How to use stone―in walls, walkways, terraces, and more―to create beautiful, lasting gardens.Stone furnishes the framework, the structure, and the sense of permanence that transforms gardens. Whether in the form of retaining walls or benches, terraces or walkways, as bold standing stones or as boulders at the edge of a small stream or pond, stone lends a garden focus, providing the perfect foil to plants. 125 color photographs, 100 drawings
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Gordon Hayward, an acclaimed garden designer and lecturer, is the author of five previous books. His wife, Mary Hayward, grew up gardening in the Cotswolds in England. They live and garden in Westminster, Vermont.From Library Journal:
Horticulture magazine contributor and author of several landscaping books (e.g., Garden Paths: Inspiring Designs and Practical Projects), Hayward offers a detailed look at the many ways stone can be used in a garden. The book's first half focuses on the philosophical and design considerations of stone forms as varied as walls, paths, terraces, and even benches. The second half is more practical, covering topics such as estimating the amount of stone needed for a wall, the methods of cutting and laying stone, and building pools and fountains. Novice gardeners will appreciate the many color photographs, the helpful sidebars (such as how to tell a good wall from a bad wall), and the appendix of supply sources. When the topic is walls, Hayward demonstrates a preference for the dry-laid technique, so gardeners who want to tackle working with concrete will need to turn to Mike Lawrence's Step-by-Step Outdoor Stonework: Over Twenty Easy-To-Build Projects for Your Patio and Garden (Storey, 1995) instead. Recommended for public libraries. John Charles, Scottsdale P.L., AZ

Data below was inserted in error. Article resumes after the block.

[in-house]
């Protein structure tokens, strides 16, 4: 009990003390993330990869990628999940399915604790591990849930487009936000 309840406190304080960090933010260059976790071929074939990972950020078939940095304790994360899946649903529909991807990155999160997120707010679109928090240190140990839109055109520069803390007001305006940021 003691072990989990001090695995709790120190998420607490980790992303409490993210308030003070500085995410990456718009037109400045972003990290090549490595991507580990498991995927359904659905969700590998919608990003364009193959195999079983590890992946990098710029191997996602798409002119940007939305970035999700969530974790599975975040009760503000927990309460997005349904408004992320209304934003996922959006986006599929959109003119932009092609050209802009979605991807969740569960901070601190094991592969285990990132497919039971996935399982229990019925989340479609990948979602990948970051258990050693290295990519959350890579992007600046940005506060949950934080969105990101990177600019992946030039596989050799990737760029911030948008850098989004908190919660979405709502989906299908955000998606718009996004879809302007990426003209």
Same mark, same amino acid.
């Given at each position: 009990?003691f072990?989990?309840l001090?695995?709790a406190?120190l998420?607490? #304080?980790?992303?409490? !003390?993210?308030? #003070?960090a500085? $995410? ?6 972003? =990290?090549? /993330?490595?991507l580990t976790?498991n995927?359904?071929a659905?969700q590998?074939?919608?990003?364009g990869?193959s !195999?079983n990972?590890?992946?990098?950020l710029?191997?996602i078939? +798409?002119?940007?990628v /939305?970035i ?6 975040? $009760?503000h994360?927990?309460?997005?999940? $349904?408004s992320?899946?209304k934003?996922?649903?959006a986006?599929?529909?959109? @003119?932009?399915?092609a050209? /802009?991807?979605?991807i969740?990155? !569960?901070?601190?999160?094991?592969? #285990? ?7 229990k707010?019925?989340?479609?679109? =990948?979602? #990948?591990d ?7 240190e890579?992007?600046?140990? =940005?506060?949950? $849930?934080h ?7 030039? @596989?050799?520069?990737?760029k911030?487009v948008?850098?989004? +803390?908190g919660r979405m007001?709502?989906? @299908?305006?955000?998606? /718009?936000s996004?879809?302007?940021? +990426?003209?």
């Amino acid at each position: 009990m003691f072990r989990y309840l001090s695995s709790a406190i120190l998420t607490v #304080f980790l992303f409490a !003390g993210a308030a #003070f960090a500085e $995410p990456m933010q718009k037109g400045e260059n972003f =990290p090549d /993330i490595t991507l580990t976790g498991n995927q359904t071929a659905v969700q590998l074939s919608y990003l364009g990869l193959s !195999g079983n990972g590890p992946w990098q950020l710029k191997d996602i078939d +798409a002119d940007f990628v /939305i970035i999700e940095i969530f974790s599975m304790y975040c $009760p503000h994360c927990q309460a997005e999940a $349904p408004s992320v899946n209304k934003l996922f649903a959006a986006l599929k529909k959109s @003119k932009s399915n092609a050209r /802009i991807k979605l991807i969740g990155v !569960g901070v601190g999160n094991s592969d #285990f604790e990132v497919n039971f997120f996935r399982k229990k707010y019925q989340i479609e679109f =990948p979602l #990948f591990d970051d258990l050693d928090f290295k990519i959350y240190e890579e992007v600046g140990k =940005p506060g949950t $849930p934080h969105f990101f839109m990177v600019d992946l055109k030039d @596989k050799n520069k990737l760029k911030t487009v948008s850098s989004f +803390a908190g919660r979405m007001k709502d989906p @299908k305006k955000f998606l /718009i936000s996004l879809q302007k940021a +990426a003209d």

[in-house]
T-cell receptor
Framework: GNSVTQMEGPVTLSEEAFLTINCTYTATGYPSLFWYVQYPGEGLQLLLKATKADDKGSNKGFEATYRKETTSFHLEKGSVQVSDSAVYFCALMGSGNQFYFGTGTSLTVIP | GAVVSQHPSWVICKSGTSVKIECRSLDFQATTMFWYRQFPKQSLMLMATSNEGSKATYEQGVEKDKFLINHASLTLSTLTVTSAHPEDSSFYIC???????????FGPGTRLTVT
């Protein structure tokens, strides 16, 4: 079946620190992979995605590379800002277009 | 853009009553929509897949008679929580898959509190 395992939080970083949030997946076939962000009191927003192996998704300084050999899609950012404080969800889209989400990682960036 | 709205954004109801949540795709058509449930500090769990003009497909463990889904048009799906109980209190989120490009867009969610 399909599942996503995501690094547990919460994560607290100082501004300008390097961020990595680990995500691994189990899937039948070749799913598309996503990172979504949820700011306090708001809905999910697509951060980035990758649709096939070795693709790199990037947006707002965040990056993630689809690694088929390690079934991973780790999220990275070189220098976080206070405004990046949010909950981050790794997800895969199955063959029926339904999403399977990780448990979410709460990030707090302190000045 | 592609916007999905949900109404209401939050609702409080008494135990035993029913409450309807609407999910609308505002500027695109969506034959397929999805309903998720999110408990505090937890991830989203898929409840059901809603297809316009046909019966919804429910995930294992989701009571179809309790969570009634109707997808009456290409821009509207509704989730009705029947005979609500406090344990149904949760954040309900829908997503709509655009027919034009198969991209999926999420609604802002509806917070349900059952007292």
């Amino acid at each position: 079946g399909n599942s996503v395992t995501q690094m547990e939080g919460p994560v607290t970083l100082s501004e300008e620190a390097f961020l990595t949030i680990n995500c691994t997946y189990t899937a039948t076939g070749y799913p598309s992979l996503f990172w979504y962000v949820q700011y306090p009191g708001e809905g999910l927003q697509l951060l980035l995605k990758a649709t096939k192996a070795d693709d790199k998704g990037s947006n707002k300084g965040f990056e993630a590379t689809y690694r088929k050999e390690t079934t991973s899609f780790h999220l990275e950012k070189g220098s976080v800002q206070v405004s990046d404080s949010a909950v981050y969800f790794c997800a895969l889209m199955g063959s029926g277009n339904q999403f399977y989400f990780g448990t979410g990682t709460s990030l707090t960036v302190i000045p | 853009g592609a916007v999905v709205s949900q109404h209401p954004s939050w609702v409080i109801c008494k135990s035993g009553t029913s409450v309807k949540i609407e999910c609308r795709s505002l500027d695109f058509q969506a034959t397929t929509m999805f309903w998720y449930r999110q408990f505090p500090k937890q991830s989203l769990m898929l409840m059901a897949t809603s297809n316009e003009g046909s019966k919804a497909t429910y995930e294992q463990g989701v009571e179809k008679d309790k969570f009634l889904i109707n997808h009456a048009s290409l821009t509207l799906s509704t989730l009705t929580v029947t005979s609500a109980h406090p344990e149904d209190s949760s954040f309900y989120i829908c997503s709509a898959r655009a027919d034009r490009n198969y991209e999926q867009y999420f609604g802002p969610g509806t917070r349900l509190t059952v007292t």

Copyright 2001 Reed Business Information, Inc.
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